SQLSaturday Orlando Notes – Kahoot

The last two years we did Family Feud as part of our end of day gathering. Fun, exciting, and energetic are all words I’d use to describe it. Definitely a good way to end the day. If there’s a downside it’s that the audience is just that, watching but not participating. That’s not a huge negative, after a long day there is something to be said for just some simple fun.

This year Kendal proposed that we try Kahoot. If you haven’t tried it, basically you set up a series of questions ahead of time. Participants go to the web site and enter a code, no install needed on their phone, and they all get fun handles like ‘snarling lemur’. Everyone plays at the same time time. Questions are time boxed and multiple choice. Right answers earn points and answering fast(er) also affects the score, so you’re competing in real time.

We had four rounds. The first was a “learn how to play” round that still had a prize at the end. The questions were all various levels of SQL trivia. We struggled initially with connectivity, a different auditorium had really bad cell service, but propping the door open got us through. The rounds took longer than we expected, a combination of set up time, cell service issues, giving away prizes, etc. About 40 minutes total.

We had 85 people playing and it felt like everyone was enjoying participating. On each round we had a couple of early leaders that stayed in the lead, so something to keep in mind is to not make the questions too arcane – it’s a little less fun if you have no chance to win by the third of ten questions. Four rounds of ten questions ended up feeling like a little too much. If we try it again we’ll probably go with a shorter training round at least, maybe drop the main rounds to 8 questions instead of 10.

Worth noting that you need someone to set up the questions and MC the event. Kendal is one of the best at this, even had background music going!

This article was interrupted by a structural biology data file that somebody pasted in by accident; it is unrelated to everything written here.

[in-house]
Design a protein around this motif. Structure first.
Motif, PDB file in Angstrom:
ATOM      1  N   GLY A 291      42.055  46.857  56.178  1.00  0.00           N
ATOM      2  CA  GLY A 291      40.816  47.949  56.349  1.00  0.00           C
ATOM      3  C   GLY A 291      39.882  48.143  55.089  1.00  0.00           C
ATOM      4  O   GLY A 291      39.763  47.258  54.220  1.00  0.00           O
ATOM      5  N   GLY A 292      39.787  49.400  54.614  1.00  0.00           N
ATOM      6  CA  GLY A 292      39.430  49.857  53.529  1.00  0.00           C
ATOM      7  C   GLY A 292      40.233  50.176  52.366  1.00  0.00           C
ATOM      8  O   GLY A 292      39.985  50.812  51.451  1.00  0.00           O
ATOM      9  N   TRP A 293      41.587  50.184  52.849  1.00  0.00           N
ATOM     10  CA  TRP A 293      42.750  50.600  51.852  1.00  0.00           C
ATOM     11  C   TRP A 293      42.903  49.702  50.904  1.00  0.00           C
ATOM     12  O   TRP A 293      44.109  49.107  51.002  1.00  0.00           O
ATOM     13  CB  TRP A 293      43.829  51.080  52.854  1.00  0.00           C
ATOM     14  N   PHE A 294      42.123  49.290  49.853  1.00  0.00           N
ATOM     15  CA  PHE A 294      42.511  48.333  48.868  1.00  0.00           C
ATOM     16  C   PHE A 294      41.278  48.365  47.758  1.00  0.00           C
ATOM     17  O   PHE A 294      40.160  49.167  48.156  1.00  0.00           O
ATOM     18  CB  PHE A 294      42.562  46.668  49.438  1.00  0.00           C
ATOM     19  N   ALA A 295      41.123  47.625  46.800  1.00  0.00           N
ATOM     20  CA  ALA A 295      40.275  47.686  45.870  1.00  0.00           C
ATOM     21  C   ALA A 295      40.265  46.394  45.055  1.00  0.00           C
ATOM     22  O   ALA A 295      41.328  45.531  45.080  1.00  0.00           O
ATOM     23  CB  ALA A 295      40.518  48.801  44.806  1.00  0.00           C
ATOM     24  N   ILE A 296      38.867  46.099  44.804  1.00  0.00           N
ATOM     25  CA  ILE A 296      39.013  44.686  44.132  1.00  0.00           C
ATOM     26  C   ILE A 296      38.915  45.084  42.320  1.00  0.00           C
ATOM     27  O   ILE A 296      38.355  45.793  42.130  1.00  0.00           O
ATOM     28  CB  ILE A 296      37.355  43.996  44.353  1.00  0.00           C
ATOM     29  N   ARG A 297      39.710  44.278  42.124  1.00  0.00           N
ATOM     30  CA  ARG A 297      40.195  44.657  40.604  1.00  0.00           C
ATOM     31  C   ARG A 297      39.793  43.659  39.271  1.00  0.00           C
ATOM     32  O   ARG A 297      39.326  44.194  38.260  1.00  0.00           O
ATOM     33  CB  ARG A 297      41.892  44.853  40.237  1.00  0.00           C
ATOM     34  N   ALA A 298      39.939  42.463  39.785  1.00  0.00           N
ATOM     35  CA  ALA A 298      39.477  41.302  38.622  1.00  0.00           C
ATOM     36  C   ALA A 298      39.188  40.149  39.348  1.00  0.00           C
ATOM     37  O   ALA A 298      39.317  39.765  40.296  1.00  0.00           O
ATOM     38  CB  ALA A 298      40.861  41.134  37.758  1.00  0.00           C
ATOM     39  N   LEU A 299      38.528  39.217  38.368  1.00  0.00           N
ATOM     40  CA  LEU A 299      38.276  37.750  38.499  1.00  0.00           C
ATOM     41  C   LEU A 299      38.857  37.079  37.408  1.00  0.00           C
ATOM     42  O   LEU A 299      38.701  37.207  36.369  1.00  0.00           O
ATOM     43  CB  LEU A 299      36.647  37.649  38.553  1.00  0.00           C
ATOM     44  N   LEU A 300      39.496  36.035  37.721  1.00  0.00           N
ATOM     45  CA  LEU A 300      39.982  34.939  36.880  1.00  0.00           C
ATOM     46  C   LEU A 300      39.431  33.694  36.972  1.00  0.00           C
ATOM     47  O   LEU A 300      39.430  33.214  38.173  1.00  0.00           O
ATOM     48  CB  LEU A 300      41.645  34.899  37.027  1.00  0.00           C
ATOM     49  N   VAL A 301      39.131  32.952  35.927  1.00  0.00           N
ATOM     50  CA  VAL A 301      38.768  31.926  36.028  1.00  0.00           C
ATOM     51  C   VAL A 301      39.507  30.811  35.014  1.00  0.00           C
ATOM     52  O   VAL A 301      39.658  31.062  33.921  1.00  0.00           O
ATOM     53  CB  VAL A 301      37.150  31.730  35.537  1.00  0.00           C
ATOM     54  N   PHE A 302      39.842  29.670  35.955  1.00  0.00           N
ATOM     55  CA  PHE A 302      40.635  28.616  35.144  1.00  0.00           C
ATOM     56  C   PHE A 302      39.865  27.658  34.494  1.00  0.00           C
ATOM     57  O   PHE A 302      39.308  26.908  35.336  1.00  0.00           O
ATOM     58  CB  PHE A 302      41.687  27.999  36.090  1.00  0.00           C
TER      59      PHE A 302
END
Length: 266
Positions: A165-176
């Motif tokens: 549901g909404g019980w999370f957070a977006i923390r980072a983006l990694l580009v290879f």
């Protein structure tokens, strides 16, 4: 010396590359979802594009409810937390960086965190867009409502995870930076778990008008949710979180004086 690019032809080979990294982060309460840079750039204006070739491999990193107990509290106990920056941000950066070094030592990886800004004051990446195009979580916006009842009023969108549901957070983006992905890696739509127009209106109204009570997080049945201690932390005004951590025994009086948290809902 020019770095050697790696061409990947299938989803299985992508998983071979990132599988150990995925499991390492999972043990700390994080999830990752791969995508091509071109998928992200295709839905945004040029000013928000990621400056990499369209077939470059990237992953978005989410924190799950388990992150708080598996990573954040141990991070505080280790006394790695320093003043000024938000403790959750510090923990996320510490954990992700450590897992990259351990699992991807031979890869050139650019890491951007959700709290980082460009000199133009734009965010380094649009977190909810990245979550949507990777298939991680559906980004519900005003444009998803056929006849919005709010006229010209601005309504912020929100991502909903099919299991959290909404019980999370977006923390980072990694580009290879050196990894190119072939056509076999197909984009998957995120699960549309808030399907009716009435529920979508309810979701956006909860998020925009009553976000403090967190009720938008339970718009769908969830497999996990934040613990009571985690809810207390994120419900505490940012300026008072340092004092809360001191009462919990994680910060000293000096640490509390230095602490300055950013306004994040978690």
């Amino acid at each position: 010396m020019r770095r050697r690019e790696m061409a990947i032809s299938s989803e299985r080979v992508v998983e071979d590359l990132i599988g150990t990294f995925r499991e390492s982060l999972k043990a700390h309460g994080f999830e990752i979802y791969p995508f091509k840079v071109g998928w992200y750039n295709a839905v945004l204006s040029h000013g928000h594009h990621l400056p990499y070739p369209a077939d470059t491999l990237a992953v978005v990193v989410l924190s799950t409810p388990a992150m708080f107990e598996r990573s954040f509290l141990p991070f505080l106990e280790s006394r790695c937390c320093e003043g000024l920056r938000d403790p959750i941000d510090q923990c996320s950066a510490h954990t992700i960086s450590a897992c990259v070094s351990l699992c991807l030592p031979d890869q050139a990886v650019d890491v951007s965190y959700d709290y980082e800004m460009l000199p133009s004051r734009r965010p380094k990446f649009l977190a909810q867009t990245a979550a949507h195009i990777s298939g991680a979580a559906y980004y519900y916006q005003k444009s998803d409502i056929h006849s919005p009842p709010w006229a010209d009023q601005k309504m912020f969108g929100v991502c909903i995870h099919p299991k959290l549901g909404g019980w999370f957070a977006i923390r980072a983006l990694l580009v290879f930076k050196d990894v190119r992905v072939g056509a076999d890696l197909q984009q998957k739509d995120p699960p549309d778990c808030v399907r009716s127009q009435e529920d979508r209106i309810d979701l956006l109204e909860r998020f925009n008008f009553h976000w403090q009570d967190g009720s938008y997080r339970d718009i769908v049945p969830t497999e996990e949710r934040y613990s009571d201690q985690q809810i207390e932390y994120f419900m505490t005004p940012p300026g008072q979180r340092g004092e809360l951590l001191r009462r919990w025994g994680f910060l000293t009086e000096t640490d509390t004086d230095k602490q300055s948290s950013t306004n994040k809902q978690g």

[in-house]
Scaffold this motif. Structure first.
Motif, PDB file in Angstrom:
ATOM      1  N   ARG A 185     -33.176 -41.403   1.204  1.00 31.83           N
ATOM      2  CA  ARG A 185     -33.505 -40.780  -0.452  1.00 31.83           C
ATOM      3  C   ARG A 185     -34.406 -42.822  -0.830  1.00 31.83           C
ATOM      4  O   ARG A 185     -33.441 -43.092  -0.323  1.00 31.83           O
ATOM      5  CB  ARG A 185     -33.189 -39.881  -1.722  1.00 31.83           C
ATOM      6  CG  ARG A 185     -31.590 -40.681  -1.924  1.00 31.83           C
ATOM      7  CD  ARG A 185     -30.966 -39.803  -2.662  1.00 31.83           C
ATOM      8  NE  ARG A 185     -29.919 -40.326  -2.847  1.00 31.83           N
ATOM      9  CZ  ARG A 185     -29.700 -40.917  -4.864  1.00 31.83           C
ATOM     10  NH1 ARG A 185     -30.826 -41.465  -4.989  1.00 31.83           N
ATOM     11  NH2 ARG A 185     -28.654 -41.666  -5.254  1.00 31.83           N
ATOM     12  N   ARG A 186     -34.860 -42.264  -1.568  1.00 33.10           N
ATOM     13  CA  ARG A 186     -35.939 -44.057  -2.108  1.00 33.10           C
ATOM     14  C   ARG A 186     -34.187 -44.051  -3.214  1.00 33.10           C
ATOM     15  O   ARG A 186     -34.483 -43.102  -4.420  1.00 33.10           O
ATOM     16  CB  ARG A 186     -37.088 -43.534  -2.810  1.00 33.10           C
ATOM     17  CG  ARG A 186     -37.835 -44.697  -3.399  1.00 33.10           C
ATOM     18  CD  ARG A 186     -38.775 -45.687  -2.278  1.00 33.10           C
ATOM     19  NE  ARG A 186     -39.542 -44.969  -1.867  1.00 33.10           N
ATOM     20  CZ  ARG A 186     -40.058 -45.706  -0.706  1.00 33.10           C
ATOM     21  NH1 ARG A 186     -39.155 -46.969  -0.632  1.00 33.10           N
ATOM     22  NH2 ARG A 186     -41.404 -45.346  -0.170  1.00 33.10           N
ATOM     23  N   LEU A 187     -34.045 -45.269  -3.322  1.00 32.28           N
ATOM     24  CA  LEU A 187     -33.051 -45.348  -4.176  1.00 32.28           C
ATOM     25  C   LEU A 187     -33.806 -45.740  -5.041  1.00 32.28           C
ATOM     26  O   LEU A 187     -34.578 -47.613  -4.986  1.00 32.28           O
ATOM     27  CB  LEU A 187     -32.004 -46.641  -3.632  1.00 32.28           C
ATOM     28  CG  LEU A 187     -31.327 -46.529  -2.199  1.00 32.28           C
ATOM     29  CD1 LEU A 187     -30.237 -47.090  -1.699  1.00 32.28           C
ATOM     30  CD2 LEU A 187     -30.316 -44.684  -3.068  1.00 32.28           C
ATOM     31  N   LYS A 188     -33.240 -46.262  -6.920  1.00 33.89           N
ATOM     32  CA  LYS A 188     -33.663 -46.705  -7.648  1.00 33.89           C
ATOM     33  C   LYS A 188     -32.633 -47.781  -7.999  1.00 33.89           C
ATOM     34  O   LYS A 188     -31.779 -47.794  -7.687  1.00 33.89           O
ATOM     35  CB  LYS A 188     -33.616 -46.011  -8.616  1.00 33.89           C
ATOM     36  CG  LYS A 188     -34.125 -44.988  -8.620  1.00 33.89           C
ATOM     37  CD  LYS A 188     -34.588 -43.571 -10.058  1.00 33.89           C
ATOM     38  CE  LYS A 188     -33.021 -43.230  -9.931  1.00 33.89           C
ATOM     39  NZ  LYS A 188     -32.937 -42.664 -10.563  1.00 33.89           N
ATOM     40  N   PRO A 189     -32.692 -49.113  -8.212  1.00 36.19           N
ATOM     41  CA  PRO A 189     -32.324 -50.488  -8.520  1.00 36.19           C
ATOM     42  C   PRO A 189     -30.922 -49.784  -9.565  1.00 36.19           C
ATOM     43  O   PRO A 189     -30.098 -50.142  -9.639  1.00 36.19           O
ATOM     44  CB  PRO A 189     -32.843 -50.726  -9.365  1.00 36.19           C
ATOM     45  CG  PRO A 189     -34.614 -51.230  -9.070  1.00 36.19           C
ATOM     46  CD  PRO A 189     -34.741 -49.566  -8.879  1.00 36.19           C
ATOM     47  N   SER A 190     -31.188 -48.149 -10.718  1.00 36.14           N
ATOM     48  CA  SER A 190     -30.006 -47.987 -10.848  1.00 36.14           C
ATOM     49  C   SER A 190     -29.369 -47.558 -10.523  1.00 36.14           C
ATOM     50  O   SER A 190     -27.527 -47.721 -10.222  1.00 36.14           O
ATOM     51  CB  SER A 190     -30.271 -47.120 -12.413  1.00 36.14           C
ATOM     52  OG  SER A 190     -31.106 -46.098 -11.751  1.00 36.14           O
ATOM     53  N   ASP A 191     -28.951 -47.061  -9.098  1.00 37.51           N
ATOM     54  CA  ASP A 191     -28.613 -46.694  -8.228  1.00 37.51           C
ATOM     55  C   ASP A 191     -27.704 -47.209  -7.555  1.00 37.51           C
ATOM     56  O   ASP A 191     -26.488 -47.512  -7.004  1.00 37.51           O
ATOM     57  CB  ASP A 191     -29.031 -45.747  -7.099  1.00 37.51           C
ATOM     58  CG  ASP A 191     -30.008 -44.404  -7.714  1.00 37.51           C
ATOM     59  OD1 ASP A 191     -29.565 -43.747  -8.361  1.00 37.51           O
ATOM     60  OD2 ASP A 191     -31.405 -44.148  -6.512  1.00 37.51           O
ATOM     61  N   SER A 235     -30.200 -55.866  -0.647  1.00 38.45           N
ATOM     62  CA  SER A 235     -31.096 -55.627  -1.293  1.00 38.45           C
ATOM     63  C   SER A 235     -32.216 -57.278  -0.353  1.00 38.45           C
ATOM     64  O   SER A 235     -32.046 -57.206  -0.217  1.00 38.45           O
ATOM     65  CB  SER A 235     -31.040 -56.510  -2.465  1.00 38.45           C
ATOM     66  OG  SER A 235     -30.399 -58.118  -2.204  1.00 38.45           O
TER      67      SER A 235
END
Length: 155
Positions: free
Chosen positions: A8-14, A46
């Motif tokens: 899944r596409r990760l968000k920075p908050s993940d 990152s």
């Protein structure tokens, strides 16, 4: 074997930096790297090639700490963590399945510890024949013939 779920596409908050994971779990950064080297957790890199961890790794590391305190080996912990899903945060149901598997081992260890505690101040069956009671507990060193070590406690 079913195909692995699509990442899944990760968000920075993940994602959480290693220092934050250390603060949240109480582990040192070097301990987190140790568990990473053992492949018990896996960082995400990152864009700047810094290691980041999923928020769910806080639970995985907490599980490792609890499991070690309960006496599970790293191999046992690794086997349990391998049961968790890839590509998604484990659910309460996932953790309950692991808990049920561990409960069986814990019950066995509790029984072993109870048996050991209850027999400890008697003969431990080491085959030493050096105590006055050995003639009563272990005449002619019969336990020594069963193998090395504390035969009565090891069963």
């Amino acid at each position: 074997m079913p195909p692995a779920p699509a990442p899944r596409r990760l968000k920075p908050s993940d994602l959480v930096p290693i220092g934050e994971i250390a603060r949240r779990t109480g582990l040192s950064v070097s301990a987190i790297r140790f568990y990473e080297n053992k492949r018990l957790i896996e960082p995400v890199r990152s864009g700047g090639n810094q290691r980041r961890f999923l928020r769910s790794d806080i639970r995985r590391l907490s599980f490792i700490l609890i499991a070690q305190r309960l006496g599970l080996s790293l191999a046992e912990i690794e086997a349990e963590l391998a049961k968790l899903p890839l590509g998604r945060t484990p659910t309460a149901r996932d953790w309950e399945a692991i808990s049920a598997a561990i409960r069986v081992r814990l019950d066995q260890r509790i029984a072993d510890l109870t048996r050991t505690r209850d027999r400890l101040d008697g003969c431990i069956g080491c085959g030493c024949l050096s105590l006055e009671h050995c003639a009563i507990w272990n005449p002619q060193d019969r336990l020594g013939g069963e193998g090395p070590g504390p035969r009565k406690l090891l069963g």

Kahoot is free, sorta. It depends on how many players you have, but you’ll probably need to pay. The more or less unlimited license is $480 for a year, or $240 if you’re a not for profit. For us, $240 was a reasonable spend to try something new and we hope to use it at Meetups this coming year as well. Still, it’s not cheap. I wonder if PASS could negotiate an interesting benefit for events by talking to Kahoot (even if its just the option to license per event at a more affordable cost).

There’s a lot that could be explored here. Sponsored rounds (perhaps with questions about products from sponsors!), or rounds based on content during the day, or even an end of session quick quiz.

To me, the goal is to have some fun, give attendees one more reason to stay for the entire day, and do something that is fun and creative for the organizing team, all without being overly complicated. Both Family Feud and Kahoot met those goals in different ways and I’d do either of them again.

One thought on “SQLSaturday Orlando Notes – Kahoot

  1. Shifting gears a bit…

    I’ve noticed a recent trend for sessions in the mornings for number of SQL Saturdays… 45 minute sessions or (really bad for handicapped people and vendors that paid to be there) 55 minute sessions with a 5 minute break between sessions.

    With that, I’m curious… how did the presenters with morning sessions feel about the change from the normal 60 minute sessions to only having 45 minutes? And how did the attendees feel about that?

    I cannot speak for anyone else but, both as a presenter and an attendee, I like to follow the old standard of 60 minute sessions with a 15 minute break between sessions. The presenters don’t have to cut stuff out of their normal 60 minute sessions nor rush through one if they make no cuts. I know you consistently had 15 minute breaks and that’s good for networking time and for people to visit vendor tables.

    Also, only 30 minutes for lunch? Did everyone actually make it through the lines and actually have time to eat in that short time?

    And, no… these aren’t bashes. I’m curious how things worked out for planning purposes when we finally get to putting on an SQL Saturday.


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